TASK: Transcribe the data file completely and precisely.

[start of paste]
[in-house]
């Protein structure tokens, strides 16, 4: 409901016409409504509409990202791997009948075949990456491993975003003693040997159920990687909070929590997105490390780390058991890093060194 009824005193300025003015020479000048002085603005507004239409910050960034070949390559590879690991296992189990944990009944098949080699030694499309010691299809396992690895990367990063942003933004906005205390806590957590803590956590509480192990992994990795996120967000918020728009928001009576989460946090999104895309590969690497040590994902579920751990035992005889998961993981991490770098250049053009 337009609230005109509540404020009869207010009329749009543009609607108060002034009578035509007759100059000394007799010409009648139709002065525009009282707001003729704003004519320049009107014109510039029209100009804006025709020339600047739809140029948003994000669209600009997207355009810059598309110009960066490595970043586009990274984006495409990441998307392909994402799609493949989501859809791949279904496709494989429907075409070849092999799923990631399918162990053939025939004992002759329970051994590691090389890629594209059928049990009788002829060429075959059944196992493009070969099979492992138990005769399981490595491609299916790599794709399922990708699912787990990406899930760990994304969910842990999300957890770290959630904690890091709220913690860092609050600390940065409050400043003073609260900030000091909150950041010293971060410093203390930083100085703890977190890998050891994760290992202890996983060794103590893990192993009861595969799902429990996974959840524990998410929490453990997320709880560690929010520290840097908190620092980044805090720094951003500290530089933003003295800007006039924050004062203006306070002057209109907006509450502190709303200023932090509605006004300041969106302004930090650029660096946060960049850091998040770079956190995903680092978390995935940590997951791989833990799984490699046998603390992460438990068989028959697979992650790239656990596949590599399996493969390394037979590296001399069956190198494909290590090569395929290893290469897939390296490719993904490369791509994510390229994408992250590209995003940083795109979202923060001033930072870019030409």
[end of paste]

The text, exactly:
[in-house]
């Protein structure tokens, strides 16, 4: 409901016409409504509409990202791997009948075949990456491993975003003693040997159920990687909070929590997105490390780390058991890093060194 009824005193300025003015020479000048002085603005507004239409910050960034070949390559590879690991296992189990944990009944098949080699030694499309010691299809396992690895990367990063942003933004906005205390806590957590803590956590509480192990992994990795996120967000918020728009928001009576989460946090999104895309590969690497040590994902579920751990035992005889998961993981991490770098250049053009 337009609230005109509540404020009869207010009329749009543009609607108060002034009578035509007759100059000394007799010409009648139709002065525009009282707001003729704003004519320049009107014109510039029209100009804006025709020339600047739809140029948003994000669209600009997207355009810059598309110009960066490595970043586009990274984006495409990441998307392909994402799609493949989501859809791949279904496709494989429907075409070849092999799923990631399918162990053939025939004992002759329970051994590691090389890629594209059928049990009788002829060429075959059944196992493009070969099979492992138990005769399981490595491609299916790599794709399922990708699912787990990406899930760990994304969910842990999300957890770290959630904690890091709220913690860092609050600390940065409050400043003073609260900030000091909150950041010293971060410093203390930083100085703890977190890998050891994760290992202890996983060794103590893990192993009861595969799902429990996974959840524990998410929490453990997320709880560690929010520290840097908190620092980044805090720094951003500290530089933003003295800007006039924050004062203006306070002057209109907006509450502190709303200023932090509605006004300041969106302004930090650029660096946060960049850091998040770079956190995903680092978390995935940590997951791989833990799984490699046998603390992460438990068989028959697979992650790239656990596949590599399996493969390394037979590296001399069956190198494909290590090569395929290893290469897939390296490719993904490369791509994510390229994408992250590209995003940083795109979202923060001033930072870019030409």